Researchers weren’t sure why skipping breakfast would be linked to cardiovascular disease, but they believe there are many factors involved. First, people who skip breakfast are more likely to have other bad habits, including eating out a lot or opting for less-healthy convenience foods. Skipping that morning meal could also be linked with negative effects on appetite-regulating hormones and blood sugar, meaning the individual could end up eating more later in the day. Finally, going without a morning meal may spike blood sugar levels, which is linked with hardened arteries.
Those who skip breakfast may be at an increased risk of type 2 diabetes too. In one study where people either ate breakfast or fasted until noon, those who ate breakfast had more active genes involved in insulin resistance and also had cells that took up more sugar, showing that breakfast could be protective against diabetes. Researchers noted that breakfast consumption, in general, is associated with better blood sugar control.
Another concerning finding was that for those individuals who were obese, skipping breakfast actually increased internal inflammation and inflammation is associated with increasing the risk of many major diseases, including heart disease and stroke.
One more reason to be sure you make time for breakfast is to increase your ability to stay alert and focused throughout your morning. Eating breakfast has been linked with improved memory and cognitive functioning. In a 2013 study, researchers reported that regularly eating breakfast had a positive effect on children’s academic performance, particularly when it came to math.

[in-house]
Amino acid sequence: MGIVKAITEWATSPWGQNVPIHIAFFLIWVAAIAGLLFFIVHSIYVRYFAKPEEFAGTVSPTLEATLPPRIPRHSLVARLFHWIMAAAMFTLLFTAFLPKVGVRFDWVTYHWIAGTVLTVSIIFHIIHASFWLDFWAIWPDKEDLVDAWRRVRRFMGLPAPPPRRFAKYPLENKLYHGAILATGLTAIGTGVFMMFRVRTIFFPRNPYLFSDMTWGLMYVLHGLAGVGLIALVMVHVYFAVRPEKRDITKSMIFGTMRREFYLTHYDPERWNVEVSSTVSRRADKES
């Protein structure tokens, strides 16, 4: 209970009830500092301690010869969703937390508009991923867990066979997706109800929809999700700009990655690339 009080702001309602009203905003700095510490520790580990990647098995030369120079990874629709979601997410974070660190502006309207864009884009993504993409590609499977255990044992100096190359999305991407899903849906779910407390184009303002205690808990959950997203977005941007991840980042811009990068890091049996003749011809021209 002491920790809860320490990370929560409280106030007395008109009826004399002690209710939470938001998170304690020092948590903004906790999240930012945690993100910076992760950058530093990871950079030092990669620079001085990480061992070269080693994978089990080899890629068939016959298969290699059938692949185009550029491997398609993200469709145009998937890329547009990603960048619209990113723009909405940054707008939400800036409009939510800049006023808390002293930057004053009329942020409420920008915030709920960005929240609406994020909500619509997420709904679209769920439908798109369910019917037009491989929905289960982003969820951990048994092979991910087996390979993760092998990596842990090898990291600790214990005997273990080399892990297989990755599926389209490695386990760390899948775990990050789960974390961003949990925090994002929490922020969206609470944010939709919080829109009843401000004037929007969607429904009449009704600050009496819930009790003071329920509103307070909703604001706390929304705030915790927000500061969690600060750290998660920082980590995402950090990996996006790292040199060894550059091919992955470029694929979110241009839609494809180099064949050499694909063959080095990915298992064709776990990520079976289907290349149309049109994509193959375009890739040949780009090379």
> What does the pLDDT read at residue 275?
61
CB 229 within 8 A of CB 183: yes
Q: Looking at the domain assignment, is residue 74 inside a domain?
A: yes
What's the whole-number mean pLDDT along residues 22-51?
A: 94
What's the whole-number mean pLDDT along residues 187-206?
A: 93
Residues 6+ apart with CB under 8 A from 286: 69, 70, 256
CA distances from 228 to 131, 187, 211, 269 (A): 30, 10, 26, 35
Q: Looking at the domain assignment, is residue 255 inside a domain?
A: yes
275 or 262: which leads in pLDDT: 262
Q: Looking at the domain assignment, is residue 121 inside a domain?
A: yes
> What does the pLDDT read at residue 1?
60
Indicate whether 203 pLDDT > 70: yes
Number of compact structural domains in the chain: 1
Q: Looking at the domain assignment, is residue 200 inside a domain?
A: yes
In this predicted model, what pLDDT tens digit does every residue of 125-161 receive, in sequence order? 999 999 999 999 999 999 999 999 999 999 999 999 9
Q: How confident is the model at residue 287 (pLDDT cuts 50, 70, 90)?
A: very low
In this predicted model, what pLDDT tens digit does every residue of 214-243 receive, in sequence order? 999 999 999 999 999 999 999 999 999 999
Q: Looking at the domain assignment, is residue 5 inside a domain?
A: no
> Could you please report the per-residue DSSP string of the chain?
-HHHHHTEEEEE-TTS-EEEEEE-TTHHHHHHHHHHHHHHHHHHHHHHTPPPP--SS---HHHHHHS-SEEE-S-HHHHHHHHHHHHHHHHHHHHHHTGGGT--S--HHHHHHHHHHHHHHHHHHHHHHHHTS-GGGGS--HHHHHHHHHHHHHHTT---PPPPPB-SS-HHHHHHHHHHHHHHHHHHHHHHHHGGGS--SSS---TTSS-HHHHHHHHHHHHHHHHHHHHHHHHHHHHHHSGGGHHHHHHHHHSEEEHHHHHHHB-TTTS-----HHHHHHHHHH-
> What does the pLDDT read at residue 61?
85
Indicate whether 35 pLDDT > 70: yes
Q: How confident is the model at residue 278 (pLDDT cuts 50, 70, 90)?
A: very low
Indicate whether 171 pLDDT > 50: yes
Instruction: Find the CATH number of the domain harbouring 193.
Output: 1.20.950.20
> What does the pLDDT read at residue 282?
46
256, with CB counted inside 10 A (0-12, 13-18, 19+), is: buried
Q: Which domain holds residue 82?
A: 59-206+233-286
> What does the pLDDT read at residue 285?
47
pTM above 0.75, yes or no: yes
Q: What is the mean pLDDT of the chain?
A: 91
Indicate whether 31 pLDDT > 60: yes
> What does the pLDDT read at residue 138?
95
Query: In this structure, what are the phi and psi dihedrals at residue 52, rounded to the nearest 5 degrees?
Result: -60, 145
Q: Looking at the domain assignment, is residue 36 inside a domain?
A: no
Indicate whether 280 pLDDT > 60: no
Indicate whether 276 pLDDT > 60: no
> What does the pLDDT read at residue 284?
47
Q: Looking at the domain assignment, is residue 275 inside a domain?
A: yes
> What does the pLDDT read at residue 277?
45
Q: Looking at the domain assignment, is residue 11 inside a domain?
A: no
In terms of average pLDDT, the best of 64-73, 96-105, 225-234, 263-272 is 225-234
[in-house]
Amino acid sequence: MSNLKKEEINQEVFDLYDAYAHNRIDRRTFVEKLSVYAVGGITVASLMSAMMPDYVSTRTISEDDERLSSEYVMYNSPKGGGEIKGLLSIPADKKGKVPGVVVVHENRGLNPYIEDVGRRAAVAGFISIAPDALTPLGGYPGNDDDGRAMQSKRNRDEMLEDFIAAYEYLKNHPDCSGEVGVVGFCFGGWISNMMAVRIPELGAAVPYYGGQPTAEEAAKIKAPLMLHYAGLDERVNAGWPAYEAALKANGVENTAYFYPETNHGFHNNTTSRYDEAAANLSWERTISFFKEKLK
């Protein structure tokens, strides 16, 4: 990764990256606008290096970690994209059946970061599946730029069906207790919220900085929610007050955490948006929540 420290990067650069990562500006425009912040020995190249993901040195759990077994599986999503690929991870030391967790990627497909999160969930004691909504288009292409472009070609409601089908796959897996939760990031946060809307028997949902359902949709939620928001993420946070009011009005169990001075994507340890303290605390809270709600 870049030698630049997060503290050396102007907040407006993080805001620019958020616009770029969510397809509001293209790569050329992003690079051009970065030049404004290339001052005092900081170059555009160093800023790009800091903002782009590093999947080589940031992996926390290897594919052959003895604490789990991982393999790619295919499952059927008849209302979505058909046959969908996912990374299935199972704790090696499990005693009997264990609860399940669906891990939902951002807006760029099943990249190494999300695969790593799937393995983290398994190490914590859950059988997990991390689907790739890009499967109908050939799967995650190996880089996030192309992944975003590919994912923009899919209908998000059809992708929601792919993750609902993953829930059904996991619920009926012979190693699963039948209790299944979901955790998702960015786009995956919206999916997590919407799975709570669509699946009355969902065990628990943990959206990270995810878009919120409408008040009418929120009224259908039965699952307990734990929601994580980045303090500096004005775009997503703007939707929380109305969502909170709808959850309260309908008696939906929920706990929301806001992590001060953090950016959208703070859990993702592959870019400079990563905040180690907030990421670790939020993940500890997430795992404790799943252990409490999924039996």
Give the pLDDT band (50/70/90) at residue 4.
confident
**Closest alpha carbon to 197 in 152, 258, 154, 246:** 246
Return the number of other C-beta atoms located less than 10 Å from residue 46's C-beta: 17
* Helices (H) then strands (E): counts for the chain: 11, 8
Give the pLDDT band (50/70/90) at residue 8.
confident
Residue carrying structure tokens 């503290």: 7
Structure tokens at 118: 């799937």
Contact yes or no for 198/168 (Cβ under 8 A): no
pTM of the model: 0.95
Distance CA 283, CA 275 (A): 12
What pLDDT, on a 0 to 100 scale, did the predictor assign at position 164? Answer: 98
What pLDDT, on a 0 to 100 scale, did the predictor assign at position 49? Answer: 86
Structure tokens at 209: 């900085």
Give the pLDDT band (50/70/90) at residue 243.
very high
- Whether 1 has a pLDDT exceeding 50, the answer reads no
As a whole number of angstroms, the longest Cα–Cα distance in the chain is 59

In a 2016 review of 45 studies, researchers also found relatively consistent evidence that eating breakfast had a positive effect on attention, memory and executive function. Other studies have indicated that eating breakfast can help reduce declines in attention and memory over the course of a morning.
Of course, it depends on what you eat for breakfast. In one study, for example, participants who ate a low-glycemic breakfast ― including things like oatmeal and other high-fiber items and whole grains ― performed better on memory and attention tests than did those who skipped breakfast or those that ate a high-glycemic breakfast, including carbohydrates and high-sugar items.
Food affects, first of all, blood sugar levels, which can either energize you or leave you dragging, affecting your level of alertness later on that morning. In general, keeping your blood sugar levels stable helps stabilize your thinking too, so that you’re more likely to be able to focus and concentrate. Indeed, some studies have shown even a modest decrease in “glucose stability” can result in cognitive impairment.
The bottom line is that science isn’t finished yet when it comes to the health benefits of breakfast. They’re still looking into all the many factors that may be involved, including your weight, age, and even your IQ. Some studies have found that skipping breakfast was less harmful to cognitive function in children with high IQs than in those with low IQs.
Meanwhile, what we know so far is that for most people most of the time, eating breakfast is the healthier option as long as it’s a nutritious breakfast consisting of high-fiber foods, protein, fruits, and whole grains. You’ll be more likely to:
- Keep your blood sugar levels stable
- Reduce the urge to eat sugary, fatty treats later in the morning
- Reduce inflammation
- Keep your heart and blood vessels healthier
- Enjoy more lasting focus and concentration
- Be more likely to get all the nutrients your body needs in a day